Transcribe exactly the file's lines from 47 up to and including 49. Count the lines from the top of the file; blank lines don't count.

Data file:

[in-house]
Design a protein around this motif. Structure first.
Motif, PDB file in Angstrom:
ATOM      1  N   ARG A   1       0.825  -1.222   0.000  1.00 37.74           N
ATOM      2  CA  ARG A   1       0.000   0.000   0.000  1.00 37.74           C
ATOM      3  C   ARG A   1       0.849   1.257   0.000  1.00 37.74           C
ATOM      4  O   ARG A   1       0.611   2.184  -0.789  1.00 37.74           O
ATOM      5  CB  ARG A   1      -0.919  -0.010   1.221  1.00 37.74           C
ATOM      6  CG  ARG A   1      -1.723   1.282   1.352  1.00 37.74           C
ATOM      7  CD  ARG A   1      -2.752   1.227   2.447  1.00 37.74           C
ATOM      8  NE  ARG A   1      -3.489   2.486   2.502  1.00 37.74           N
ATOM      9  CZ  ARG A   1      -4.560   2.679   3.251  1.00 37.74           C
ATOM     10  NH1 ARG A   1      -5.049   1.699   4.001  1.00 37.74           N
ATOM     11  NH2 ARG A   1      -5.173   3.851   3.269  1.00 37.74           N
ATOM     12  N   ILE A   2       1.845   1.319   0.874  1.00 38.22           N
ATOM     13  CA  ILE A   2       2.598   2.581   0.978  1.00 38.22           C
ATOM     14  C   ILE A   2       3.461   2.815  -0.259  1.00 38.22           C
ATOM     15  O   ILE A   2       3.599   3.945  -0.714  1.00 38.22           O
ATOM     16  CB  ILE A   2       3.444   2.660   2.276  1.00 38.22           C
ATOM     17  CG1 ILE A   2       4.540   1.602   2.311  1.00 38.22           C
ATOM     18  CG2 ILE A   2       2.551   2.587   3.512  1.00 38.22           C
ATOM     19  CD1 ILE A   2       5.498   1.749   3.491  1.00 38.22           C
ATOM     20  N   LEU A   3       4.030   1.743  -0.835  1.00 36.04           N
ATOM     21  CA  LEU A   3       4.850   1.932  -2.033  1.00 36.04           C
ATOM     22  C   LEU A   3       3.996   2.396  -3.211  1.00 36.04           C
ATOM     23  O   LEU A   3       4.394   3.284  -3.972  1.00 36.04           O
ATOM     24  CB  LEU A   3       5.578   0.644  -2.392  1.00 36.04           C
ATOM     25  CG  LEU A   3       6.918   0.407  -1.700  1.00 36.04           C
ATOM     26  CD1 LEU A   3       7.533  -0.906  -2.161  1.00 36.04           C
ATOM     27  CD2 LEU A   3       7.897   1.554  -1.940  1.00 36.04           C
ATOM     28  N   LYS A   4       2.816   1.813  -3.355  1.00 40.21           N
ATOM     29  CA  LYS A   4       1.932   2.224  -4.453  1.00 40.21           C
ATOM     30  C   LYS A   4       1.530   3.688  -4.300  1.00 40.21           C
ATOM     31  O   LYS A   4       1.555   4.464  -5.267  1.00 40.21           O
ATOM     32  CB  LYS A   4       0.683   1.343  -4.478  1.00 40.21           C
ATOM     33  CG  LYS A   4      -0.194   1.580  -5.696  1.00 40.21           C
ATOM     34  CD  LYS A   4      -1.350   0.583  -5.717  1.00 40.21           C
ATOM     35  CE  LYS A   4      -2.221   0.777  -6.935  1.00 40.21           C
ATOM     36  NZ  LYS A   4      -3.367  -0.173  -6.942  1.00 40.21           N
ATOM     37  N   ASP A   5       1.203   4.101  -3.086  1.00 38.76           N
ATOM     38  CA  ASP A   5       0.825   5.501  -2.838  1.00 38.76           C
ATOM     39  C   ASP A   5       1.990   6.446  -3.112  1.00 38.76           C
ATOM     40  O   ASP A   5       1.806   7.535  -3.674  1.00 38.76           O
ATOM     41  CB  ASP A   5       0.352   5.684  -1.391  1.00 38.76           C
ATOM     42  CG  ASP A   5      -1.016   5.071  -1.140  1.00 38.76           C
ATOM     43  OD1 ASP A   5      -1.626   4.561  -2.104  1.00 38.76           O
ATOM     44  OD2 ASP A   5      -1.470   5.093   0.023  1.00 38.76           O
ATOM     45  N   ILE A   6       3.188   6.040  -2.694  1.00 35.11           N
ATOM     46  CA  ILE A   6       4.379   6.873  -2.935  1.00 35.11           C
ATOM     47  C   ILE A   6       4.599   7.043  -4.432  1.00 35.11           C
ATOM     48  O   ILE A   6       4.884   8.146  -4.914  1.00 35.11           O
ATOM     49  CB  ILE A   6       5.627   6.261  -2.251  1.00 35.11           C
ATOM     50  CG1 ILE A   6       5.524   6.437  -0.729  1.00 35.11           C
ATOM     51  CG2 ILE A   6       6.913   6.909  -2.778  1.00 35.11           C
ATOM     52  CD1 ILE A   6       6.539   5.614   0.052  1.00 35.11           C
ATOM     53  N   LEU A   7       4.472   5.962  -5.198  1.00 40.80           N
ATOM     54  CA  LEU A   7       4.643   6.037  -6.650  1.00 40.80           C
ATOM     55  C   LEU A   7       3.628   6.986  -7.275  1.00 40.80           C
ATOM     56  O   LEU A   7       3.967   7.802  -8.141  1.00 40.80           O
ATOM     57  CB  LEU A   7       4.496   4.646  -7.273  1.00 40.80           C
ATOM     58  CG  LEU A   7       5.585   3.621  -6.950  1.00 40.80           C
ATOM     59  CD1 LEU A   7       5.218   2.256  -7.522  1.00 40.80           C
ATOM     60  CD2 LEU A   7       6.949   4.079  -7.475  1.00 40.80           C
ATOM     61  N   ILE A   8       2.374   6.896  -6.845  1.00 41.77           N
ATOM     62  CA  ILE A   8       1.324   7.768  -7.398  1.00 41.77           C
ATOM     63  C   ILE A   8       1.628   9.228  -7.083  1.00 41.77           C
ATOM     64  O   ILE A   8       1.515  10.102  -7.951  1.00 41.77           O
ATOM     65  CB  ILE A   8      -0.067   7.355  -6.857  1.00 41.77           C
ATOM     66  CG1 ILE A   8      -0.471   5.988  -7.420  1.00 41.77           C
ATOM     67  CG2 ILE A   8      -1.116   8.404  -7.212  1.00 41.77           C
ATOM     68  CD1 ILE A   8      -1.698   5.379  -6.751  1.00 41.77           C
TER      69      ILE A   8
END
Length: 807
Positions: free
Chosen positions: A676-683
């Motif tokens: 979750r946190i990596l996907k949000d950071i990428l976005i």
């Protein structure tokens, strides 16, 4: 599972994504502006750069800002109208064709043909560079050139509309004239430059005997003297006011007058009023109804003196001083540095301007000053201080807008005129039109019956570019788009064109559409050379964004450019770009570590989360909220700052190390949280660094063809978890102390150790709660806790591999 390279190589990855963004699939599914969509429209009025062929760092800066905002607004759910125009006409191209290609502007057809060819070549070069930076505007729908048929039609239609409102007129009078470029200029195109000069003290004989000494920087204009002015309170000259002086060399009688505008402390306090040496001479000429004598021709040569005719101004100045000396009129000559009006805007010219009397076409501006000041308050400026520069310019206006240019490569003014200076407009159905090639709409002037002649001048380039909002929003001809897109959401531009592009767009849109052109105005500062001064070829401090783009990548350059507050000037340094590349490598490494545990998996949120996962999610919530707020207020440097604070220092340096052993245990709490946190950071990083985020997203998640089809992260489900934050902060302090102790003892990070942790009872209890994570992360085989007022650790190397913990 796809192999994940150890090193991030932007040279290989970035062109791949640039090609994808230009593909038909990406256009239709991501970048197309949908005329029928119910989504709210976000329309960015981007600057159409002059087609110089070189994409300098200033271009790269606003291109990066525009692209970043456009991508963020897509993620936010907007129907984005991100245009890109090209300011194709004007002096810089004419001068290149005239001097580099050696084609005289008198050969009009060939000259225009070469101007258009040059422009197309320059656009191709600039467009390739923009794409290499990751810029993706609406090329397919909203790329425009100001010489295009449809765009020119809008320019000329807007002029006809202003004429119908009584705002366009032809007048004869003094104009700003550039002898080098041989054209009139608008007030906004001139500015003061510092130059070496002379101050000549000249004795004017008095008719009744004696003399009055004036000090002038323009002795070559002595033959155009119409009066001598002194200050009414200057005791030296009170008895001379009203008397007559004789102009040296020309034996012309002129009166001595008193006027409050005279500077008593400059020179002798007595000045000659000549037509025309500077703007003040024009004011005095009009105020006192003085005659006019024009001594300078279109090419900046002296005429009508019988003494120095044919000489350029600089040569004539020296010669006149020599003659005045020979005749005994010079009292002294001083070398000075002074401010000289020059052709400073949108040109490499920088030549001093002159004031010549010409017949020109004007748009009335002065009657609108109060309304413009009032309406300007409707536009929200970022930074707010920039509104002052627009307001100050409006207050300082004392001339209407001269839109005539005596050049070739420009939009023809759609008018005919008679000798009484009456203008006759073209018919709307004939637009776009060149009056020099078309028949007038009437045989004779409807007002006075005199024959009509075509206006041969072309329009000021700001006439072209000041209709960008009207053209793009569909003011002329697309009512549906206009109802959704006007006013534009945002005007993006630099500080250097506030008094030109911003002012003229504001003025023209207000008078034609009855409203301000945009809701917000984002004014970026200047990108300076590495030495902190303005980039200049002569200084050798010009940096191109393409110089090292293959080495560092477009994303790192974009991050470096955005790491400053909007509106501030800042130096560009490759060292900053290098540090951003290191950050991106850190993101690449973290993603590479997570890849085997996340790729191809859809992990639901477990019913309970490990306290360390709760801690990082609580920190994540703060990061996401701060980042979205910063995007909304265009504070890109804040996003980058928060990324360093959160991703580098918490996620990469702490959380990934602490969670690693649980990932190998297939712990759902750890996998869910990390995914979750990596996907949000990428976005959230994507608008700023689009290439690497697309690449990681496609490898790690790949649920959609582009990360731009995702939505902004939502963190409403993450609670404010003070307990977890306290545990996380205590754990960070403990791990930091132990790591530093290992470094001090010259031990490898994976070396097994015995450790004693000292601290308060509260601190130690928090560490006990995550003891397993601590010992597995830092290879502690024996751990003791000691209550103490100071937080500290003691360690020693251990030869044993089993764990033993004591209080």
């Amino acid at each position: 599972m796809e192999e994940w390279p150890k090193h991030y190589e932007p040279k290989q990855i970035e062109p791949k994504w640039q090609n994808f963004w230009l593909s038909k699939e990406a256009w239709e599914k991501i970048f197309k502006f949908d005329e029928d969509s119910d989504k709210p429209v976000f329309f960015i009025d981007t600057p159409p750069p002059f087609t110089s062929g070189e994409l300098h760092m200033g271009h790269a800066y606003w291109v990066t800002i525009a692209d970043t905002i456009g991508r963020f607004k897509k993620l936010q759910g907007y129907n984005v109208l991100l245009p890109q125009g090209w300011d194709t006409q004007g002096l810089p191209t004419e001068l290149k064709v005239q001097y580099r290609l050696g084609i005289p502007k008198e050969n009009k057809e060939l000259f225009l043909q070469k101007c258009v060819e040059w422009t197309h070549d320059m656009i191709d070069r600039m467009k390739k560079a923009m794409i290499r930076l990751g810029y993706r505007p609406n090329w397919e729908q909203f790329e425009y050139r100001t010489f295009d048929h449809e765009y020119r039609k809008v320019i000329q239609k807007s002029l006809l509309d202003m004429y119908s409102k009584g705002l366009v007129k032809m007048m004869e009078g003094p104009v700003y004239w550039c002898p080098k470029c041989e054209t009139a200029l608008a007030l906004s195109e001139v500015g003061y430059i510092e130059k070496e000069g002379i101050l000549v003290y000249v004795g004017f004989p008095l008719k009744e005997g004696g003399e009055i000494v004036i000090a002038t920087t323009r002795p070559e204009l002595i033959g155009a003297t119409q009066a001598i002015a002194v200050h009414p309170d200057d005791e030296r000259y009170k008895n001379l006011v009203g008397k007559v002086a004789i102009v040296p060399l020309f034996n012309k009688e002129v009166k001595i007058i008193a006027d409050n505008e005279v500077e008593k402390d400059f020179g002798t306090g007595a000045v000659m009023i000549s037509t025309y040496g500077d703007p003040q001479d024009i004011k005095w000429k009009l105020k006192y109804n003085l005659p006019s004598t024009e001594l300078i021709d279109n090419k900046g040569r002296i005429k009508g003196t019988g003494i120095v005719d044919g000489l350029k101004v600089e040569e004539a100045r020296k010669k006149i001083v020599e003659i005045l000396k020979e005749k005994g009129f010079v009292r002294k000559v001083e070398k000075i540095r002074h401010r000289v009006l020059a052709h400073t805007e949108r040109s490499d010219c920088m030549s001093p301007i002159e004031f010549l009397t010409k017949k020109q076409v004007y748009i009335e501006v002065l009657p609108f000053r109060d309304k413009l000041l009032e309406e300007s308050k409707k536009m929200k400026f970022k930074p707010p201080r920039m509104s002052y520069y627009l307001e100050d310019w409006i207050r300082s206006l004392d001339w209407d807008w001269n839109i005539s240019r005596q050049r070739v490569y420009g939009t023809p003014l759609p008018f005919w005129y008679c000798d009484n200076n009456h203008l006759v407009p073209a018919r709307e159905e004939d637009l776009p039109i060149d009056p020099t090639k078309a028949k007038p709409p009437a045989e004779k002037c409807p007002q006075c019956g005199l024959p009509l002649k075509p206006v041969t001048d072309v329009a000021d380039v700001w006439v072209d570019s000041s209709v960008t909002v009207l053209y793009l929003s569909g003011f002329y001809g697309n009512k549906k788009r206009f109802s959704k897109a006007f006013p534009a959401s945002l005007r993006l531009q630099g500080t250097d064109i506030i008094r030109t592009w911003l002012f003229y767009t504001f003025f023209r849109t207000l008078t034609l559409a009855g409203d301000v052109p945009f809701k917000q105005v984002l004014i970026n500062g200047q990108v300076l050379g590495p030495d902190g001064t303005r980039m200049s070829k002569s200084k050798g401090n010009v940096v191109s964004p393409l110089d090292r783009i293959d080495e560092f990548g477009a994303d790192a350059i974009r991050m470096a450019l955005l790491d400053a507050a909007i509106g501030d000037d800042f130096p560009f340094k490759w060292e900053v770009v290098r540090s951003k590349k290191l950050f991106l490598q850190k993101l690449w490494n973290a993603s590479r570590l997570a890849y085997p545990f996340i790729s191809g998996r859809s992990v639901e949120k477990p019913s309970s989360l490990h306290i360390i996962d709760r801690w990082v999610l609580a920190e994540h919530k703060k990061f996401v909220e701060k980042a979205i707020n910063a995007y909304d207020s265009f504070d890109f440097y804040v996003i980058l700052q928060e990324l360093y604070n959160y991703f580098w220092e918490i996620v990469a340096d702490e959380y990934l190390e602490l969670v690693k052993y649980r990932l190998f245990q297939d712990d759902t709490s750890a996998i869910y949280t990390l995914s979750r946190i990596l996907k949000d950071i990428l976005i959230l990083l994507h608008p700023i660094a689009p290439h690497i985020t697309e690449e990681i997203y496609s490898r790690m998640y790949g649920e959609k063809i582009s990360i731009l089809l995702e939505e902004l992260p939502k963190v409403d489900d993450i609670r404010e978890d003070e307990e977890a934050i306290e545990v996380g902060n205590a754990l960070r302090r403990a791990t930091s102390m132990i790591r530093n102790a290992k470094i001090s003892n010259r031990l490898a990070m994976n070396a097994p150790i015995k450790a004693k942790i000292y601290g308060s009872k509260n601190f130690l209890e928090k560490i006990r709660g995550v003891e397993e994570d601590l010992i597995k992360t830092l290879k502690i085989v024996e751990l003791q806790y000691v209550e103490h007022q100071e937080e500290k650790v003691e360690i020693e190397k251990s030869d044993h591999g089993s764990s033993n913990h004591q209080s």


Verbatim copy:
ATOM     44  OD2 ASP A   5      -1.470   5.093   0.023  1.00 38.76           O
ATOM     45  N   ILE A   6       3.188   6.040  -2.694  1.00 35.11           N
ATOM     46  CA  ILE A   6       4.379   6.873  -2.935  1.00 35.11           C